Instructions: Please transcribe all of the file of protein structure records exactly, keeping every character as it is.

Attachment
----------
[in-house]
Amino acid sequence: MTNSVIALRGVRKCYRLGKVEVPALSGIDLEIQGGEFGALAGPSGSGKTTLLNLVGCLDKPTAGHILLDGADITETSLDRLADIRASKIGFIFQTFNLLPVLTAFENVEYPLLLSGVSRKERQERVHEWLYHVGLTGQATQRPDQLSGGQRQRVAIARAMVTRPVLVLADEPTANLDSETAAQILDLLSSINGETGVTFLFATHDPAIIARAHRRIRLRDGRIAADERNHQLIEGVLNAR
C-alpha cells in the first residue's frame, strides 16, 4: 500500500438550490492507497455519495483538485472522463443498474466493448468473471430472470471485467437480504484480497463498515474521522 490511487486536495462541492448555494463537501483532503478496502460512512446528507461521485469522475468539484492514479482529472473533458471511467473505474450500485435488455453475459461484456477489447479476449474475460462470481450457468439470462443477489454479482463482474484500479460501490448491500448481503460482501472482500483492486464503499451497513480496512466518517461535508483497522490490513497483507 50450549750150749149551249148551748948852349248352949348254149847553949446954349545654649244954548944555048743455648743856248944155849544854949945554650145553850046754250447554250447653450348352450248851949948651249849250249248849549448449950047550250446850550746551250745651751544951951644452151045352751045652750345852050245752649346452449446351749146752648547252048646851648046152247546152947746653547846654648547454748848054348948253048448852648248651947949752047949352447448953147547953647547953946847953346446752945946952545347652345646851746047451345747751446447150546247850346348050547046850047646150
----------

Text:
[in-house]
Amino acid sequence: MTNSVIALRGVRKCYRLGKVEVPALSGIDLEIQGGEFGALAGPSGSGKTTLLNLVGCLDKPTAGHILLDGADITETSLDRLADIRASKIGFIFQTFNLLPVLTAFENVEYPLLLSGVSRKERQERVHEWLYHVGLTGQATQRPDQLSGGQRQRVAIARAMVTRPVLVLADEPTANLDSETAAQILDLLSSINGETGVTFLFATHDPAIIARAHRRIRLRDGRIAADERNHQLIEGVLNAR
C-alpha cells in the first residue's frame, strides 16, 4: 500500500438550490492507497455519495483538485472522463443498474466493448468473471430472470471485467437480504484480497463498515474521522 490511487486536495462541492448555494463537501483532503478496502460512512446528507461521485469522475468539484492514479482529472473533458471511467473505474450500485435488455453475459461484456477489447479476449474475460462470481450457468439470462443477489454479482463482474484500479460501490448491500448481503460482501472482500483492486464503499451497513480496512466518517461535508483497522490490513497483507 50450549750150749149551249148551748948852349248352949348254149847553949446954349545654649244954548944555048743455648743856248944155849544854949945554650145553850046754250447554250447653450348352450248851949948651249849250249248849549448449950047550250446850550746551250745651751544951951644452151045352751045652750345852050245752649346452449446351749146752648547252048646851648046152247546152947746653547846654648547454748848054348948253048448852648248651947949752047949352447448953147547953647547953946847953346446752945946952545347652345646851746047451345747751446447150546247850346348050547046850047646150